by Polar Levine 11/13/01 for popCULTmedia

America, unlike older nations, lacks a deep cultural history. America makes itself up as it goes along and improvisation makes for a fast, lean agile machine. It's no co-incidence that jazz is the first truly American musical form. America's lack of history and ancient tradition frees its people to create technology faster than any other nation and to find needs for technology faster.

The downside of that lack of cultural history is that we have no background for experiencing art as a transformative force. That requires involvement and concentration on the part of the audience. Americans like it fast and easy with laugh tracks to tell us where the funny parts are and musicians who scream so we know they're angry. We like our ballads to build to those predictable bombastic climaxes so we know that this love affair is or was the real thing. Our actors must be pretty or we'll be less likely to want to fuck them -- which is all we're supposed to identify with. In Europe, Gene Hackman would be a cultural icon. In Britain he'd be Sir Gene. In America he just gets a lot of work and good reviews.

Instead of art -- for most of us we have Show Business. Our version of art is entertainment which we sometimes refer to as "the arts." And entertainment is, by its nature, trivial.

Being trivial, governments feel that our public schools' arts budget can be the first to be slashed when the economy tightens. Since sports is considered to be entertainment, it should be no surprise that phys ed is the next area to get the knife. It's also no surprise that Americans are in horrendous physical condition. Reading is important only in so far as it is required for reading text books in school. Fiction and poetry are for the beach and the subway. So goes the library budgets.

In this type of cultural environment -- swiftly becoming the entire world's cultural environment -- the arts are sponsored by corporations which market music, film and literature as units of product.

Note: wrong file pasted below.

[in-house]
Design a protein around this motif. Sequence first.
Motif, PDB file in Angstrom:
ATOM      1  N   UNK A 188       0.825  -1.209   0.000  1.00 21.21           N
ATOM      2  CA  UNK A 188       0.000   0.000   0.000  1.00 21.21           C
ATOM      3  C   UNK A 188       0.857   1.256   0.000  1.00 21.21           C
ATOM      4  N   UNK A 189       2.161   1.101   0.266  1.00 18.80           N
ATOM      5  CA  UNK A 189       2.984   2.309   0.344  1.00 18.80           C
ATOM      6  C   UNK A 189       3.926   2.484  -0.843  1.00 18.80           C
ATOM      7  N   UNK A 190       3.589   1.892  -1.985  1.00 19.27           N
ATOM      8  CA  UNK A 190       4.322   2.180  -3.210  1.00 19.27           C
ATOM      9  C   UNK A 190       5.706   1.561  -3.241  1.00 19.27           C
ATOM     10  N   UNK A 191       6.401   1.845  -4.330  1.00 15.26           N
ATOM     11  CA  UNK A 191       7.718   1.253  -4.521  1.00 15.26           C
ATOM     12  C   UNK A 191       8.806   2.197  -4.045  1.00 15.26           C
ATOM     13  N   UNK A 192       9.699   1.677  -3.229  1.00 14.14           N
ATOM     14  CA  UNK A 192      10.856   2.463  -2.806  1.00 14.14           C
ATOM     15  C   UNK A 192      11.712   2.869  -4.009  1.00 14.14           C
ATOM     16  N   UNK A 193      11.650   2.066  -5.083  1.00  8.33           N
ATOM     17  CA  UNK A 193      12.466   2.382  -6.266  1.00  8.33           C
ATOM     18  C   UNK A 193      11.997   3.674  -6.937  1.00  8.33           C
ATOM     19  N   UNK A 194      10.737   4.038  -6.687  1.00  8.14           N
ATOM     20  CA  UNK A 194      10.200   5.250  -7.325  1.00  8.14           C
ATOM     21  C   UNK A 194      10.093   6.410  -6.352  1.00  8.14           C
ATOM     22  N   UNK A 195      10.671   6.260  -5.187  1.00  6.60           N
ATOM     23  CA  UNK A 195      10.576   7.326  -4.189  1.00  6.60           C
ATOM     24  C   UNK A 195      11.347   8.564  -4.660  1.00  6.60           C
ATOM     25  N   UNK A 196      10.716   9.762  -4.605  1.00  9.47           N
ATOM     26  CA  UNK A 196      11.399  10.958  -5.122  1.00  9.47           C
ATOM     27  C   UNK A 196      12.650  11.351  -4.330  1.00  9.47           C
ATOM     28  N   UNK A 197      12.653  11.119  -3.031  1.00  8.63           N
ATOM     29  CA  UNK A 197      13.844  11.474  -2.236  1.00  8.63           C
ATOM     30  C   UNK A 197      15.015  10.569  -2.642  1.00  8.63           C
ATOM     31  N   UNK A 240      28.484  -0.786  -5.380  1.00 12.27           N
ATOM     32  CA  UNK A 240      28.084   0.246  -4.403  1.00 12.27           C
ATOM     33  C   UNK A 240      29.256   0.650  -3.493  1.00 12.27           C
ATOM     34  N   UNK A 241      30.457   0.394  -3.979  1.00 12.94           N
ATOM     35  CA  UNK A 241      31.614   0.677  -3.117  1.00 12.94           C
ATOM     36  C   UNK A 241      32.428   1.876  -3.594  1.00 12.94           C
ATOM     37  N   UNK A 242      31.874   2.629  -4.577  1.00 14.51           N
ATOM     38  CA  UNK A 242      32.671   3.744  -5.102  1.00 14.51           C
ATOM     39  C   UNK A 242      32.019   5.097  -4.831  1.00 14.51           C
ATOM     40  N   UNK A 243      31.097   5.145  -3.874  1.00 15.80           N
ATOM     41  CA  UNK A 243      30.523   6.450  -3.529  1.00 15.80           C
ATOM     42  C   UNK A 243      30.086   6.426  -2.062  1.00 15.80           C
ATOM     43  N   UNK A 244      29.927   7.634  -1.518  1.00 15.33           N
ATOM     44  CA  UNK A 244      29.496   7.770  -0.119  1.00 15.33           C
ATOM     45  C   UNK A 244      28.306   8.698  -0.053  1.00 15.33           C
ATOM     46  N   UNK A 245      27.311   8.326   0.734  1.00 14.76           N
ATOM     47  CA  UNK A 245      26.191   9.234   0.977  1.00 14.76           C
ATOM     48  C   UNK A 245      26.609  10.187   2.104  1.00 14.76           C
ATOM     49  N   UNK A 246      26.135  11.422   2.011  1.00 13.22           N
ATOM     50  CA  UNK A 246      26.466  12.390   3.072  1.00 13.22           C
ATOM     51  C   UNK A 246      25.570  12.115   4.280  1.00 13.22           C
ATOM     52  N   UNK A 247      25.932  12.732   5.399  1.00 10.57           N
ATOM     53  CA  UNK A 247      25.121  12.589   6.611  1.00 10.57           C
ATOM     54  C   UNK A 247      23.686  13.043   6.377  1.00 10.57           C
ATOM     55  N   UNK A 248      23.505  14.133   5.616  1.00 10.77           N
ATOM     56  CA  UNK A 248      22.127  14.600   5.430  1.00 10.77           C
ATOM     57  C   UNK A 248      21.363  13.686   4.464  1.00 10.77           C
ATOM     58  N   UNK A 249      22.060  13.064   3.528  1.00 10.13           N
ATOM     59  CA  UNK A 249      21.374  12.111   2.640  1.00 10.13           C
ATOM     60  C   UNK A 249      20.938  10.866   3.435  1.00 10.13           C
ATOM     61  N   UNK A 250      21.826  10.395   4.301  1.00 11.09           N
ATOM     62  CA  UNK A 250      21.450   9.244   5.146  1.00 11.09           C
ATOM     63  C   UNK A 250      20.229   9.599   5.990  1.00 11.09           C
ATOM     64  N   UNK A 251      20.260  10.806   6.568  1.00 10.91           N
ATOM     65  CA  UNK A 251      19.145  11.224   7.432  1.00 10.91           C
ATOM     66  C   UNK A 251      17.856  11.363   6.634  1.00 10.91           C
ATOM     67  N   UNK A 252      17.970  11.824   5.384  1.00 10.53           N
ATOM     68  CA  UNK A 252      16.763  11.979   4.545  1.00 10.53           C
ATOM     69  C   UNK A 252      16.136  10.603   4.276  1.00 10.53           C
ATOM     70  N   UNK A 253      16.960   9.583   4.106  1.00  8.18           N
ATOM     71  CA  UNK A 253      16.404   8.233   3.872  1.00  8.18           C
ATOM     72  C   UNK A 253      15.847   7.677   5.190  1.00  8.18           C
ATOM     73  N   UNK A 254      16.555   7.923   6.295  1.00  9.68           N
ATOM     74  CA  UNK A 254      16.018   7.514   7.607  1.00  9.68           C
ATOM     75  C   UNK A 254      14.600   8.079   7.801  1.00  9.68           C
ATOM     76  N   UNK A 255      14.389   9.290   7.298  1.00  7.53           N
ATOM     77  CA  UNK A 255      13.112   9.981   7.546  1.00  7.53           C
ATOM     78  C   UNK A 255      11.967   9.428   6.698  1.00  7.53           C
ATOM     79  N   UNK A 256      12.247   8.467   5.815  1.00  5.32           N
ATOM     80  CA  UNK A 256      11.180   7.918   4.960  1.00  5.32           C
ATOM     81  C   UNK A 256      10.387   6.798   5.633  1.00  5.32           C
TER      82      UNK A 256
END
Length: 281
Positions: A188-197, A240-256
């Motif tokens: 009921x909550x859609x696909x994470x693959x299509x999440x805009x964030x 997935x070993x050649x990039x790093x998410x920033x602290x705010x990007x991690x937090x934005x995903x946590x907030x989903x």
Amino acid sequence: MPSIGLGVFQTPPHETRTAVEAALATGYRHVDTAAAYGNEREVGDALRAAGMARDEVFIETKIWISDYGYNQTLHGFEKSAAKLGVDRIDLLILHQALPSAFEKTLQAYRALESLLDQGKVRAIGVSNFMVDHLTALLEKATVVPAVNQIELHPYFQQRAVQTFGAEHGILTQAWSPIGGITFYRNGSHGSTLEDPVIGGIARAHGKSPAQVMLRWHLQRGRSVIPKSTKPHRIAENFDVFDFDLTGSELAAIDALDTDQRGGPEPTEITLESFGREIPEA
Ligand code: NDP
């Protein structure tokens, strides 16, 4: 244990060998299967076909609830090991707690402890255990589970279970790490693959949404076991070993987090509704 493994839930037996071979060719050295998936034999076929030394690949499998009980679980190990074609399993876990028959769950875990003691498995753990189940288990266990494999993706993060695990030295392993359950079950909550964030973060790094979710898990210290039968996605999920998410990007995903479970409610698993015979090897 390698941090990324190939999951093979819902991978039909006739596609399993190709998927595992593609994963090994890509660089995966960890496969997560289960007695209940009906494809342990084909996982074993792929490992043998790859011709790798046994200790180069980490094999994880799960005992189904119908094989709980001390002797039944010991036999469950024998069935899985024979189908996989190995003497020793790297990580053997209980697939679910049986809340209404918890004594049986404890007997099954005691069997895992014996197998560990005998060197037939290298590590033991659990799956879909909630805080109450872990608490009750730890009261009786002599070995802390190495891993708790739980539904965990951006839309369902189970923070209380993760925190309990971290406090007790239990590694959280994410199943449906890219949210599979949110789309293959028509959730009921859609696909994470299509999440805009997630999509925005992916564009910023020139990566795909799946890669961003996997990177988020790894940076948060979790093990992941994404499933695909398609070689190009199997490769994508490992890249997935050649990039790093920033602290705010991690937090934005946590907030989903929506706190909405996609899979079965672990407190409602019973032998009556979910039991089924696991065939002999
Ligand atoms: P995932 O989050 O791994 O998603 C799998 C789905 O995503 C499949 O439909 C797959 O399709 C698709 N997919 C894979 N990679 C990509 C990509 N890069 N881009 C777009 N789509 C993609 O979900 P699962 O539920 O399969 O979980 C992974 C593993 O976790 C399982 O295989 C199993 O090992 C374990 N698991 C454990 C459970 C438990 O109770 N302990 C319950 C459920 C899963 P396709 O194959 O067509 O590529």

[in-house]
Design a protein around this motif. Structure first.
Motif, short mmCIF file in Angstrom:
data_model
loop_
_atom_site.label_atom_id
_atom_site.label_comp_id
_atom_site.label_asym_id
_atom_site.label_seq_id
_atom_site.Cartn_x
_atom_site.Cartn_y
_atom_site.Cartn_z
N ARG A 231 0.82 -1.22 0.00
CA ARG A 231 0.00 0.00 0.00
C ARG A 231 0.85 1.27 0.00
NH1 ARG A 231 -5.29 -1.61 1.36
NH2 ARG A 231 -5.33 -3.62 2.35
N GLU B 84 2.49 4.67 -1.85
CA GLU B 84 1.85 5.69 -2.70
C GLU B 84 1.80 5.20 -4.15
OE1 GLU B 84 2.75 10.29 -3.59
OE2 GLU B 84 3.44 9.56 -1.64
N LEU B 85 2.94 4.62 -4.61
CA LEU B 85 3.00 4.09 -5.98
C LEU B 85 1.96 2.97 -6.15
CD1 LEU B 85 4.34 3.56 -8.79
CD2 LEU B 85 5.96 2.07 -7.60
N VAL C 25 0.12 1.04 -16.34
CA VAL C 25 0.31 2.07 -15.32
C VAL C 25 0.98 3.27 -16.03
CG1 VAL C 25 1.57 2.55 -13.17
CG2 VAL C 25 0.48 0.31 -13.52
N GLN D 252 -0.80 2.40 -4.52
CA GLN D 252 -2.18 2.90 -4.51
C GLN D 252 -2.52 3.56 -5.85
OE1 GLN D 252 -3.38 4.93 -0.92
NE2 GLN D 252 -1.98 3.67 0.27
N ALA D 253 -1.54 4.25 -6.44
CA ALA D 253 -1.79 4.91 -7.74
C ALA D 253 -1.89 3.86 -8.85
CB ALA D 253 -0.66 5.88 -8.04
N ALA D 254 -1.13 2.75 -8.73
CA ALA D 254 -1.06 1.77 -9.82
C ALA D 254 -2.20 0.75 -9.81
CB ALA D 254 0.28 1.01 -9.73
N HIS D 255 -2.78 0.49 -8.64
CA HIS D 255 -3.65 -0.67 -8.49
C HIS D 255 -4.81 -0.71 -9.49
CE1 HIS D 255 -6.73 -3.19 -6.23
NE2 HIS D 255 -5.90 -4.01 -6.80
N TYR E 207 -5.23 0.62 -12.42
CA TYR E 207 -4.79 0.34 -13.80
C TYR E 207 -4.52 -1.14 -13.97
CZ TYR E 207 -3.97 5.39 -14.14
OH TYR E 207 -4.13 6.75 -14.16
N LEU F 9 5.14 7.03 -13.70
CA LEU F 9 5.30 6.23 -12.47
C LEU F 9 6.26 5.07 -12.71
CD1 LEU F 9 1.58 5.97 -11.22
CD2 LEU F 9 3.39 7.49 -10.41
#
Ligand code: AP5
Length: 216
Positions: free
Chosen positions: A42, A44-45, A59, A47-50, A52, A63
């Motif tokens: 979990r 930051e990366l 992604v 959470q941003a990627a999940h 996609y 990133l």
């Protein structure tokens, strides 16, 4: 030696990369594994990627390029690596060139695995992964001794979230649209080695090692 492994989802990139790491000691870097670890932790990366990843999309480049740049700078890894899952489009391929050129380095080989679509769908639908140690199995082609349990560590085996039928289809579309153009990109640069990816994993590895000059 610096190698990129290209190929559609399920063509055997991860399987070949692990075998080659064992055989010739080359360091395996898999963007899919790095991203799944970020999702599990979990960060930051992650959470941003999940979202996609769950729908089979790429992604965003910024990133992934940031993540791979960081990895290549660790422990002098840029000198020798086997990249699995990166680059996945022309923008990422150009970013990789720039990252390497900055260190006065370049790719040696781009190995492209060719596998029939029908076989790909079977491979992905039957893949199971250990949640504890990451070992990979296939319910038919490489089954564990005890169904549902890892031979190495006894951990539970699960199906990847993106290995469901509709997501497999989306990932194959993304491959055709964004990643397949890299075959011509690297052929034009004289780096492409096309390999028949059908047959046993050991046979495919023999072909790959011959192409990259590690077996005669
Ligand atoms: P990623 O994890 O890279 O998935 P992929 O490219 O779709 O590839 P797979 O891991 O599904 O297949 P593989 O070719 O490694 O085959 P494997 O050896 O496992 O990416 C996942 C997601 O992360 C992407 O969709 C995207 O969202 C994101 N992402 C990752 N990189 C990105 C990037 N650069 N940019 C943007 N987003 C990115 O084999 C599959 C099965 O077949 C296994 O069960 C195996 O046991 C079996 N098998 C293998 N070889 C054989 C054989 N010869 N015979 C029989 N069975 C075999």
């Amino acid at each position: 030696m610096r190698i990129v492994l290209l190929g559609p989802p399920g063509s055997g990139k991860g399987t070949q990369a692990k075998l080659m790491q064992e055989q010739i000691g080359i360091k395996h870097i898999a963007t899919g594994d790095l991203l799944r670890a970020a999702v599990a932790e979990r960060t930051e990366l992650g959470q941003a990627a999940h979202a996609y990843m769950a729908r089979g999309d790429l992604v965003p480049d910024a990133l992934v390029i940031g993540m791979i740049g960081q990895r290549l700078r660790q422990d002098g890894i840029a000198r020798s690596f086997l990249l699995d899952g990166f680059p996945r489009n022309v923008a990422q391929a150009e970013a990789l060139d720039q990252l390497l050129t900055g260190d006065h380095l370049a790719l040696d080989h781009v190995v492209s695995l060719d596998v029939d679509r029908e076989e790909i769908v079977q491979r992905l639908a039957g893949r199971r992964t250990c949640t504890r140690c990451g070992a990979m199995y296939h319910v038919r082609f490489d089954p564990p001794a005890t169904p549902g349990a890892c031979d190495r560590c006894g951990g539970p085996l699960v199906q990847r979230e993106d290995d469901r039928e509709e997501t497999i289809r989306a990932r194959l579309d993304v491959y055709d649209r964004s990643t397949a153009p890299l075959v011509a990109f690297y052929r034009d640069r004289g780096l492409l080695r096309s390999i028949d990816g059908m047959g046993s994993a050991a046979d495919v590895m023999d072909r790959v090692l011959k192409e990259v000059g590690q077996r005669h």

To combat the trivialization of the arts we need to fight a multi-front campaign of awareness and universal exposure to all forms of expression -- not just the linear mode. And we have to start from the bottom up. Politicians will not see the light unless the people demand something more challenging in their arts consumption than what is readily available. My eight year old likes NSYNC. He also likes Miles Davis, Hank Williams, The Beatles, Celia Cruz, XTC, Bob Marley and the music from "Oh Brother, Where Art Thou." He likes it because he hears it. People will like more varied and expansive creative expression when they're exposed to it in a mundane way, i.e. -- through the same media that exposes them to the familiar and the obvious.

This reform involves expanding the distribution of the arts beyond the corporate realm where the easiest to digest is the quickest seller. It involves spending more time with our kids and augmenting their own listening, viewing and reading inclinations with what we recognize as quality work. Six, Seven and eight year olds can be completely involved in any type of music. They can enjoy and be entranced with films like "To Kill A Mockingbird," "Black Orpheus," "Paper Moon," "Ghengis Blues," the Marx Brothers, "Apollo 13" and so many other "adult" films that are not focused on violence and sex. And so many novels. Media literacy should be taught in all schools so that kids know what it is that politicians, pundits and advertisers are actually saying to them and why the same plot devices kick in at the same time in all Hollywood films.

Whether it's "West Wing" or wrestling or "60 Minutes;" Gillian Welch, Mouse On Mars, Yousou Ndour or Bjork -- if you put it out there enough, the people will come. We're not stupid and definitely not lazy. Just a bit too greedy with too much fire in the belly and not enough fire in the soul.

Polar Levine
Editor, popCULTmedia